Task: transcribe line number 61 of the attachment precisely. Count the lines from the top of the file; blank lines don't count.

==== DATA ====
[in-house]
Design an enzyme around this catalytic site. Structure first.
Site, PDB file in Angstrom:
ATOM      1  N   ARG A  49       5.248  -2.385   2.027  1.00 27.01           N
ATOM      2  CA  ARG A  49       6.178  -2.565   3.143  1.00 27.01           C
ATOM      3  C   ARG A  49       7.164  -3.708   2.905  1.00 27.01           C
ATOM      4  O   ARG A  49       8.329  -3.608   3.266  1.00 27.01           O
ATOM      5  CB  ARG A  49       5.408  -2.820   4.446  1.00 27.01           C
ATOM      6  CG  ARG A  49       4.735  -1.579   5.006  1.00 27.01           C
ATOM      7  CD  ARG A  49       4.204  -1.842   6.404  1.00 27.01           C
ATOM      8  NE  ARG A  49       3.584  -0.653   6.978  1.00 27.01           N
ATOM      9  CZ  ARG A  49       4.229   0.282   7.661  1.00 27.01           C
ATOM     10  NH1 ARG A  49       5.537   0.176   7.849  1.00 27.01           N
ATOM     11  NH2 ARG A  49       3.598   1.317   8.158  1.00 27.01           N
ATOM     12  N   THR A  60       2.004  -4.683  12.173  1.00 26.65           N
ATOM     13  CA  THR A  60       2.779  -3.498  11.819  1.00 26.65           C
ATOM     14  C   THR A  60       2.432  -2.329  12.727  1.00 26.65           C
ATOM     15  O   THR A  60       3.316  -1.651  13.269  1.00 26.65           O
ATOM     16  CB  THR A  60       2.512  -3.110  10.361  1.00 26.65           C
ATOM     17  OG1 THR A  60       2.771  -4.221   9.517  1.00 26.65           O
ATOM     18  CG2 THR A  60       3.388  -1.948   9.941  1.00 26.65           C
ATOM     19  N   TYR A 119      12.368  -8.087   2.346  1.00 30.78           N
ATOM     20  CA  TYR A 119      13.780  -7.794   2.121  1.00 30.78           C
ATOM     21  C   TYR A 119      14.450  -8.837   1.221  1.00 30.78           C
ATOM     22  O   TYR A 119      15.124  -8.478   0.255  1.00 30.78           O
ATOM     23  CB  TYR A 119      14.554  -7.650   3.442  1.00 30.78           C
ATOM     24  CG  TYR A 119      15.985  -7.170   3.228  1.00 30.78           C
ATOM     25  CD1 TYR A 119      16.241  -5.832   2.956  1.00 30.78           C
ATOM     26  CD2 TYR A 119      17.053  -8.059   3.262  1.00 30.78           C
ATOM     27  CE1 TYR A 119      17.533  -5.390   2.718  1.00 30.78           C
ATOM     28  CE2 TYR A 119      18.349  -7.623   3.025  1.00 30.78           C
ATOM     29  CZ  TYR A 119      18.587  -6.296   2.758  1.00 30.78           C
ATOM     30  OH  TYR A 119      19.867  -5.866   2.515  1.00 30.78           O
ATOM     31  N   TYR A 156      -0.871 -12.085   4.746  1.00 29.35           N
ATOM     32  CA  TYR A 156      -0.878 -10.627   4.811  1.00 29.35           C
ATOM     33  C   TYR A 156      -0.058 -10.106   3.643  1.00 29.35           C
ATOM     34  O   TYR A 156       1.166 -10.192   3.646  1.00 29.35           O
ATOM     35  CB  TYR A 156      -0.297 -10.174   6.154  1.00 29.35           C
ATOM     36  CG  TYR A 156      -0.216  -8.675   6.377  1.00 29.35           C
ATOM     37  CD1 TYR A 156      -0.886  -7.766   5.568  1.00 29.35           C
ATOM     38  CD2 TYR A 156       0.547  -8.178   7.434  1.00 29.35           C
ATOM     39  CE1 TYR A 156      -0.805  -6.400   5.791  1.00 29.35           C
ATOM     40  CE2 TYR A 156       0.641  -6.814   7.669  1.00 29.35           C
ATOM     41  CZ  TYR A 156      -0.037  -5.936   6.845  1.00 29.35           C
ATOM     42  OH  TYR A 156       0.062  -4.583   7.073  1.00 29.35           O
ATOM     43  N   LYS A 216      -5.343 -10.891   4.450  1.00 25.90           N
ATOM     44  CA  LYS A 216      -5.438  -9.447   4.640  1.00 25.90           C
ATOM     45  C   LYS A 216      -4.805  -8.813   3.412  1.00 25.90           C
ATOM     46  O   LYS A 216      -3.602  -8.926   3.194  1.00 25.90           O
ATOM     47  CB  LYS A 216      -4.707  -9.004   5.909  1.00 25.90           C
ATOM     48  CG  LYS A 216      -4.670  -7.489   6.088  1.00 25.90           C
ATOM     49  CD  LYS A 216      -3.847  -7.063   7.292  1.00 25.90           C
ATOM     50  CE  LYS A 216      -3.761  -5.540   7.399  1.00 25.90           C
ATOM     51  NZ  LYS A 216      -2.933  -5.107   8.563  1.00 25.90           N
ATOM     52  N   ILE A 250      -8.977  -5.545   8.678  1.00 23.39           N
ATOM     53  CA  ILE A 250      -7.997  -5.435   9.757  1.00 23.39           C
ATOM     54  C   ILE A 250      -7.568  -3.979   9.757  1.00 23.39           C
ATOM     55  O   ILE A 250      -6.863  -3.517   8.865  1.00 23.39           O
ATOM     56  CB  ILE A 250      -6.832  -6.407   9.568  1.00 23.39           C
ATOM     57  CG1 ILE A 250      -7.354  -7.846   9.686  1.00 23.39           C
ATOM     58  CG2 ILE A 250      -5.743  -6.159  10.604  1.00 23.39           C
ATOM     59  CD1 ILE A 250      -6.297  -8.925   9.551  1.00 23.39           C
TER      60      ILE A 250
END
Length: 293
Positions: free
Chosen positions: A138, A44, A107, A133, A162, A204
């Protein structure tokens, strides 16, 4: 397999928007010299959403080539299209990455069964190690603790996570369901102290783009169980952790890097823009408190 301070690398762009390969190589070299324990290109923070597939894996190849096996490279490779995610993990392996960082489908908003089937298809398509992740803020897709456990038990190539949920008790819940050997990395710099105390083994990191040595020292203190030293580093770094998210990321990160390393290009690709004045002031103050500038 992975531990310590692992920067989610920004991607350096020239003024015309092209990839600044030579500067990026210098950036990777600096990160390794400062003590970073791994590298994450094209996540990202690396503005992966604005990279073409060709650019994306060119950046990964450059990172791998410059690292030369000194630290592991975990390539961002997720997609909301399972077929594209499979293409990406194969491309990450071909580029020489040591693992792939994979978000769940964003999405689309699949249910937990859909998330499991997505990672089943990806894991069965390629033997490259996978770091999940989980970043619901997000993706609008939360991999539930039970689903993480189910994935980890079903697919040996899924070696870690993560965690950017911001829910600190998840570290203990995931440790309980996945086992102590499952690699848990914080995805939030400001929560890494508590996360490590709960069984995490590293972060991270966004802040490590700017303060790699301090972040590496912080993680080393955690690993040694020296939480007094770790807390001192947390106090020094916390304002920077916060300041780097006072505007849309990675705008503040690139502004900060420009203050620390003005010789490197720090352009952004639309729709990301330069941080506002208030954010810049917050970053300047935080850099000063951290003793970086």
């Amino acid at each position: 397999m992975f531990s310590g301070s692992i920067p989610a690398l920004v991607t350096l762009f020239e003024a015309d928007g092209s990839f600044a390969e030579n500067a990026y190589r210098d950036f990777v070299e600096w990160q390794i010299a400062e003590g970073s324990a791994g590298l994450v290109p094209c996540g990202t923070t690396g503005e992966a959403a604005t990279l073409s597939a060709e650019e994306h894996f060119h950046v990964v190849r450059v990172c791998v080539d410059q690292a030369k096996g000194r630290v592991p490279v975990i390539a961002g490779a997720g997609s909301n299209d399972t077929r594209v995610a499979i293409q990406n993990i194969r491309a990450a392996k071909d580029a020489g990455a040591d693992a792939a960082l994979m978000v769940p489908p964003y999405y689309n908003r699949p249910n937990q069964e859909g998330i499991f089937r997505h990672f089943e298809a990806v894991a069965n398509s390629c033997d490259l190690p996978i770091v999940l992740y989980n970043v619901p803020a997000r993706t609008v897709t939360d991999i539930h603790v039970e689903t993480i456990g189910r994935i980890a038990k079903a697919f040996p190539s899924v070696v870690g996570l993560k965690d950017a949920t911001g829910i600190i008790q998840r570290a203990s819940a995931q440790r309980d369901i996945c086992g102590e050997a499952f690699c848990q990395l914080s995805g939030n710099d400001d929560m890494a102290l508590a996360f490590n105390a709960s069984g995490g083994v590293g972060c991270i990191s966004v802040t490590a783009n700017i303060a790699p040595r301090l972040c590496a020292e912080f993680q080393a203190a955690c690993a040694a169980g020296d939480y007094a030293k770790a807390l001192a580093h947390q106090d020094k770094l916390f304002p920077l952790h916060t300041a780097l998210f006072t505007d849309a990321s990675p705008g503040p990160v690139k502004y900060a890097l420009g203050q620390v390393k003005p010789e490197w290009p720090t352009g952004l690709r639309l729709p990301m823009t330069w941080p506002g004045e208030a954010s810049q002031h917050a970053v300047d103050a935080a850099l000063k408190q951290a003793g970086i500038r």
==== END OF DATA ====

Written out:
ATOM     58  CG2 ILE A 250      -5.743  -6.159  10.604  1.00 23.39           C